Subwoofers are essential for a top-notch home theater or music system, however, they can be difficult to properly install. Before you hook it up, one major factor to consider is the type of wiring needed. Typically, speaker wire is used when connecting a subwoofer.
If you’re looking for wiring that is strong enough to deliver reliable low-frequency sounds, speaker wire is the perfect choice for your subwoofers. With two input terminals, you’ll need to source two lengths of wire in order to connect the receiver and amplifier to the subwoofer. The end result will be a connection which is trusted to transport deep audio signals.
The thickness of a speaker wire to be used in wiring a subwoofer has to be chosen carefully. The American Wire Gauge (AWG) is used for this purpose, wherein the thicker the wire, the lower the gauge is. A higher number of gauge suggests the wire is thinner than a lower number of gauge which implies that the wire is thicker – for example, twelve-gauge speaker wire is more robust compared to sixteen-gauge speaker wire.
Electrical resistance of the speaker wire is an essential factor that influences the amount of power the speaker receives from the amplifier. An insufficiency of resistance will result in a weaker sound from the subwoofer, whereby too little power reaches it. Conversely, if there is an overwhelming amount of resistance in the wire, then it is possible that the subwoofer will be damaged due to an excessive stream of power.
To transfer low-frequency signals from the amplifier to the subwoofer effortlessly and without a drop in power, the experts vouch for 12-gauge speaker wire. Its robustness ensures that no musical talent is wasted in the process.
The terminals on the subwoofer must be correctly connected to the speaker wire. Generally, the positive terminal is red and the negative one is black. When there are binding posts, the positive is the one with a spring and the negative has a nut. Ensuring this is done right will deliver the clearest sound.
It is absolutely crucial that the speaker wire is properly hooked up to the appropriate terminals on the receiver and amplifier. For an effective connection, the positive terminal of the receiver should naturally be linked to the positive terminal on the amplifier, while its negative terminal must pair up with the negative side of the amplifier.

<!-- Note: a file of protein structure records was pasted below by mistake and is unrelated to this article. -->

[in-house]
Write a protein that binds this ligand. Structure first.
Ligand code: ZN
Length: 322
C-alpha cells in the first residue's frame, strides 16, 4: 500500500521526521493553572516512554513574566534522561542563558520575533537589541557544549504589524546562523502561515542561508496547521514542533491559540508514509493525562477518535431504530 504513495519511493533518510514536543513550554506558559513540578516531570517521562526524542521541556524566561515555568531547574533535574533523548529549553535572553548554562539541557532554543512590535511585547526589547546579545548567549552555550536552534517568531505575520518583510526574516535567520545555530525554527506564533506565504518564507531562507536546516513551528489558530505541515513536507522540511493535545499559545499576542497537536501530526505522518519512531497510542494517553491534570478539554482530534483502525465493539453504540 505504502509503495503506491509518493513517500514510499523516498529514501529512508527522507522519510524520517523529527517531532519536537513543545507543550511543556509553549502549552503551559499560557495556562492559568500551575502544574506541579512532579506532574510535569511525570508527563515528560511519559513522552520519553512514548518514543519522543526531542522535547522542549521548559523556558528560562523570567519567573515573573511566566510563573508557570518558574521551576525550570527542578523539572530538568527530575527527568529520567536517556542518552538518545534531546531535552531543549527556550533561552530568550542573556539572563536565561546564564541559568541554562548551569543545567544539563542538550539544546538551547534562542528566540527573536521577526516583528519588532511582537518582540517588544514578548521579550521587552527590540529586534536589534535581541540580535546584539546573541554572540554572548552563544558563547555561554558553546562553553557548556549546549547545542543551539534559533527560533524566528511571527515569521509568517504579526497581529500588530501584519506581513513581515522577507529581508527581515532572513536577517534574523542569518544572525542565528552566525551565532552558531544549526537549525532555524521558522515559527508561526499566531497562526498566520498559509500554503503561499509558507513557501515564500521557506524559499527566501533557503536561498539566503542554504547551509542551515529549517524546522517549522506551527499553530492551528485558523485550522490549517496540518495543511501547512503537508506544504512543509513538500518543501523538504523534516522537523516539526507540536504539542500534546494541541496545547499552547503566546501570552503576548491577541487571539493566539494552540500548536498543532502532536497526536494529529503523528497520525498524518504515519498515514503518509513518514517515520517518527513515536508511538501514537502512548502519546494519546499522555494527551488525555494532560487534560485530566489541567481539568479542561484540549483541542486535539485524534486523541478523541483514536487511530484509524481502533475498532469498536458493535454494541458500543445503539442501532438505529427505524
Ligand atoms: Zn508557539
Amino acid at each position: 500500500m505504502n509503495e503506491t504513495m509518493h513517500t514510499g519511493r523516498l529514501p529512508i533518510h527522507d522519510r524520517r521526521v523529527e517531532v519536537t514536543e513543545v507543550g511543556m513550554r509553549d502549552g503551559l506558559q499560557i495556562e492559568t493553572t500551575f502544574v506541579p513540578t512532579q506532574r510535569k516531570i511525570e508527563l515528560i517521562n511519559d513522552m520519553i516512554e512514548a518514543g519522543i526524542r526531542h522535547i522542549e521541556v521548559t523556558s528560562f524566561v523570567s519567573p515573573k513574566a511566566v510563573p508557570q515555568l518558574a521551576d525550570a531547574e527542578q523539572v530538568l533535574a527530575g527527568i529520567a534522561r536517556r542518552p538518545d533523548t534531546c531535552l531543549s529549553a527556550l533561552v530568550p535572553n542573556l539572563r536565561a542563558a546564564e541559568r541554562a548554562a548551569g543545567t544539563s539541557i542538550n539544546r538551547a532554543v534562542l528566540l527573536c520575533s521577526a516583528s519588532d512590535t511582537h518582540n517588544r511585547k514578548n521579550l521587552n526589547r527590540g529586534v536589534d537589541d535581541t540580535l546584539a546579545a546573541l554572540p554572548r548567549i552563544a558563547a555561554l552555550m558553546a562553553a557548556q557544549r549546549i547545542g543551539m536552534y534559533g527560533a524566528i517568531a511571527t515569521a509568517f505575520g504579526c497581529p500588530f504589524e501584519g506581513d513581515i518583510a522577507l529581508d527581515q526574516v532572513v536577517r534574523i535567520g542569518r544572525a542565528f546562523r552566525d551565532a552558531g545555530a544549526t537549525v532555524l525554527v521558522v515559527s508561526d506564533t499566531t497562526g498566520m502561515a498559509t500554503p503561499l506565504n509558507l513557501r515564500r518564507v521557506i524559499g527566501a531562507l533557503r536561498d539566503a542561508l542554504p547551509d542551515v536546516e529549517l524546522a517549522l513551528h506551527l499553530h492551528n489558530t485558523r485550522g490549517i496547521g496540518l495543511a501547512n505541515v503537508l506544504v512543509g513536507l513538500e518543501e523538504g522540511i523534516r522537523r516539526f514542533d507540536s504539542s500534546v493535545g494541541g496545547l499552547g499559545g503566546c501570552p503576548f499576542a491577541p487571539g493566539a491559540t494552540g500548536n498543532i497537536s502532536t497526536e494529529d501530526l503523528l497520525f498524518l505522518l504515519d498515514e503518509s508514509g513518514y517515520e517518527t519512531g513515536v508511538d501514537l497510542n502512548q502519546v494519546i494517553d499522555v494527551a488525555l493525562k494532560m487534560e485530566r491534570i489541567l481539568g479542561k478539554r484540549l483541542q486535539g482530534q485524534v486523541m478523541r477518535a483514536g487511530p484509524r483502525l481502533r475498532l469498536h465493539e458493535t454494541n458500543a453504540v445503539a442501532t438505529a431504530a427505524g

For an active subwoofer with a built-in amplifier, only one length of speaker wire should be used to bridge the gap between it and the receiver. Be sure to pair the positive terminal on the subwoofer with the corresponding post on the receiver, and likewise with the negative terminal – each respectively meeting its intended mate.
Many subwoofers come with a phase switch, conveniently located on the rear panel, that provides an option to adjust and align their phase in relation to the other speakers in the setup. This is essential for accurate sound reproduction.
When the subwoofer is in sync with the other speakers, the bass will reverberate with strong impact. Conversely, if the phases conflict, then the bass will come across flat and lack depth.
It is recommended that you maintain the phase switch in the middle if you are uncertain of whether the subwoofer is in or out of phase; this is likely to provide you with optimal sound quality.
To ensure optimal performance when connecting a subwoofer, it is essential to use the right size and form of speaker wire. Among the available options are copper-clad aluminum (CCA) which feature two slim layers of copper curtained around a thin sheet of aluminum.
Looking to keep costs down? If your subwoofer is of a more moderate standard then CCA speaker wire will do the job nicely. However, if you’re seeking a higher end performance from your speaker system, it may be a worthwhile investment to purchase oxygen-free copper (OFC) wire.
Those who are after the upper echelon of sound quality may find themselves perusing OFC speaker wire. Unlike budget CCA speaker wire, it harnesses a more powerful charge, owing to its single, solid copper core diminishing resistance and thus amping up the wattage – a must for smaller speakers handling higher frequencies. And, while this conductor comes with a heftier price tag, the results are well worth it.
The length of the speaker wire should be taken into account when making a decision. Resistance escalates correspondingly with length; which implies that it will weaken the power level as it reaches the subwoofer from the amplifier.
When it comes to the task of connecting your speakers to the amplifier, it is important to use the most compact length of speaker wire possible; however, should you need to guide the wire through walls or under floors, the use of a longer length may be unavoidable. In such an instance, employing a thicker gauged wire is recommended in order to reduce the deterioration in power delivery.
Crafting a great audio experience requires the inclusion of a subwoofer on any mixing console.
Post time: 2023-06-26